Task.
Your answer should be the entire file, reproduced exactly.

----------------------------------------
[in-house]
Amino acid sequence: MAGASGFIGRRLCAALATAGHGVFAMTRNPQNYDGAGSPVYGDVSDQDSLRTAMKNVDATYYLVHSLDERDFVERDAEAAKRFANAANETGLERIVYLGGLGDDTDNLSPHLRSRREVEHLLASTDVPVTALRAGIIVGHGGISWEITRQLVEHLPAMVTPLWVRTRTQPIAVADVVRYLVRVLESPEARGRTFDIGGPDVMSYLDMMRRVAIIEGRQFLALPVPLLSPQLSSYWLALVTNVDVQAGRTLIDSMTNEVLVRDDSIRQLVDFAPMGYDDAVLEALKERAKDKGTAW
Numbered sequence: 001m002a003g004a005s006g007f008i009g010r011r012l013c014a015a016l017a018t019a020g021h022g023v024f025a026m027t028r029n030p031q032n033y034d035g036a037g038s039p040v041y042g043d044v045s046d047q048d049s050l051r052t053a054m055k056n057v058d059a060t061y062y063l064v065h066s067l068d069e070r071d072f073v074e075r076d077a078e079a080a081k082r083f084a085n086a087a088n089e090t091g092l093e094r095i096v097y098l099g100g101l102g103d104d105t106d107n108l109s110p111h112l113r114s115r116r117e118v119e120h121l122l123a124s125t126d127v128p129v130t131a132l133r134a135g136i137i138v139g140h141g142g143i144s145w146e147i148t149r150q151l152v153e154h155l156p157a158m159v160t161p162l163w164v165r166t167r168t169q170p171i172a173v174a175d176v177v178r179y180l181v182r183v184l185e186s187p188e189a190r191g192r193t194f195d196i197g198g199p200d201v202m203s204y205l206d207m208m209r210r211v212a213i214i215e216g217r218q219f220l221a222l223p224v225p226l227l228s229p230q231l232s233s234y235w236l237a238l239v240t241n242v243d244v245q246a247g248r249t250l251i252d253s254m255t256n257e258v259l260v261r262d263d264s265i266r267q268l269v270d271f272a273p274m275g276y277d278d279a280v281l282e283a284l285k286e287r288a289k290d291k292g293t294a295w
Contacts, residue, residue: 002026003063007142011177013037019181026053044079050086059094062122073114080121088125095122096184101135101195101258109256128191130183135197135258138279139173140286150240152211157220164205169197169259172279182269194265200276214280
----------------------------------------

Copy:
[in-house]
Amino acid sequence: MAGASGFIGRRLCAALATAGHGVFAMTRNPQNYDGAGSPVYGDVSDQDSLRTAMKNVDATYYLVHSLDERDFVERDAEAAKRFANAANETGLERIVYLGGLGDDTDNLSPHLRSRREVEHLLASTDVPVTALRAGIIVGHGGISWEITRQLVEHLPAMVTPLWVRTRTQPIAVADVVRYLVRVLESPEARGRTFDIGGPDVMSYLDMMRRVAIIEGRQFLALPVPLLSPQLSSYWLALVTNVDVQAGRTLIDSMTNEVLVRDDSIRQLVDFAPMGYDDAVLEALKERAKDKGTAW
Numbered sequence: 001m002a003g004a005s006g007f008i009g010r011r012l013c014a015a016l017a018t019a020g021h022g023v024f025a026m027t028r029n030p031q032n033y034d035g036a037g038s039p040v041y042g043d044v045s046d047q048d049s050l051r052t053a054m055k056n057v058d059a060t061y062y063l064v065h066s067l068d069e070r071d072f073v074e075r076d077a078e079a080a081k082r083f084a085n086a087a088n089e090t091g092l093e094r095i096v097y098l099g100g101l102g103d104d105t106d107n108l109s110p111h112l113r114s115r116r117e118v119e120h121l122l123a124s125t126d127v128p129v130t131a132l133r134a135g136i137i138v139g140h141g142g143i144s145w146e147i148t149r150q151l152v153e154h155l156p157a158m159v160t161p162l163w164v165r166t167r168t169q170p171i172a173v174a175d176v177v178r179y180l181v182r183v184l185e186s187p188e189a190r191g192r193t194f195d196i197g198g199p200d201v202m203s204y205l206d207m208m209r210r211v212a213i214i215e216g217r218q219f220l221a222l223p224v225p226l227l228s229p230q231l232s233s234y235w236l237a238l239v240t241n242v243d244v245q246a247g248r249t250l251i252d253s254m255t256n257e258v259l260v261r262d263d264s265i266r267q268l269v270d271f272a273p274m275g276y277d278d279a280v281l282e283a284l285k286e287r288a289k290d291k292g293t294a295w
Contacts, residue, residue: 002026003063007142011177013037019181026053044079050086059094062122073114080121088125095122096184101135101195101258109256128191130183135197135258138279139173140286150240152211157220164205169197169259172279182269194265200276214280